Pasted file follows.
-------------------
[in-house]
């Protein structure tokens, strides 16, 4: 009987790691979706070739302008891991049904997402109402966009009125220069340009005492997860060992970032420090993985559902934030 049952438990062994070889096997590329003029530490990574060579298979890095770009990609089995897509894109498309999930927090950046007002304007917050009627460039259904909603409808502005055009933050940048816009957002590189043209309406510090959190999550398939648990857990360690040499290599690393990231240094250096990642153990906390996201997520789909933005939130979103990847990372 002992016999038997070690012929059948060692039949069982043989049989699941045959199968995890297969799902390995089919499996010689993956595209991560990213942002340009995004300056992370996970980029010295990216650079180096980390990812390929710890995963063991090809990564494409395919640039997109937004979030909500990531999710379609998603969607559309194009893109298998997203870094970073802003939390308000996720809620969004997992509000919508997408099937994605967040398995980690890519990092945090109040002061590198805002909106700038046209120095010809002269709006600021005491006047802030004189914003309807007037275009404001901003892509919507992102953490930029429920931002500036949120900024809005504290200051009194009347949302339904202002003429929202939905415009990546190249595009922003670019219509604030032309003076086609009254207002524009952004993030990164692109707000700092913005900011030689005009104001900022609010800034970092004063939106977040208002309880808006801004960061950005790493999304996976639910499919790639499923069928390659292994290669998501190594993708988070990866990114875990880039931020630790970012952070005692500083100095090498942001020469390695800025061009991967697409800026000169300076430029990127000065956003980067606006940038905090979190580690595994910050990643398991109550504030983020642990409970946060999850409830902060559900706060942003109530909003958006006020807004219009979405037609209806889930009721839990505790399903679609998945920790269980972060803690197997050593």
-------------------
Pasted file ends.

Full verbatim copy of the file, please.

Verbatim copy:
[in-house]
């Protein structure tokens, strides 16, 4: 009987790691979706070739302008891991049904997402109402966009009125220069340009005492997860060992970032420090993985559902934030 049952438990062994070889096997590329003029530490990574060579298979890095770009990609089995897509894109498309999930927090950046007002304007917050009627460039259904909603409808502005055009933050940048816009957002590189043209309406510090959190999550398939648990857990360690040499290599690393990231240094250096990642153990906390996201997520789909933005939130979103990847990372 002992016999038997070690012929059948060692039949069982043989049989699941045959199968995890297969799902390995089919499996010689993956595209991560990213942002340009995004300056992370996970980029010295990216650079180096980390990812390929710890995963063991090809990564494409395919640039997109937004979030909500990531999710379609998603969607559309194009893109298998997203870094970073802003939390308000996720809620969004997992509000919508997408099937994605967040398995980690890519990092945090109040002061590198805002909106700038046209120095010809002269709006600021005491006047802030004189914003309807007037275009404001901003892509919507992102953490930029429920931002500036949120900024809005504290200051009194009347949302339904202002003429929202939905415009990546190249595009922003670019219509604030032309003076086609009254207002524009952004993030990164692109707000700092913005900011030689005009104001900022609010800034970092004063939106977040208002309880808006801004960061950005790493999304996976639910499919790639499923069928390659292994290669998501190594993708988070990866990114875990880039931020630790970012952070005692500083100095090498942001020469390695800025061009991967697409800026000169300076430029990127000065956003980067606006940038905090979190580690595994910050990643398991109550504030983020642990409970946060999850409830902060559900706060942003109530909003958006006020807004219009979405037609209806889930009721839990505790399903679609998945920790269980972060803690197997050593």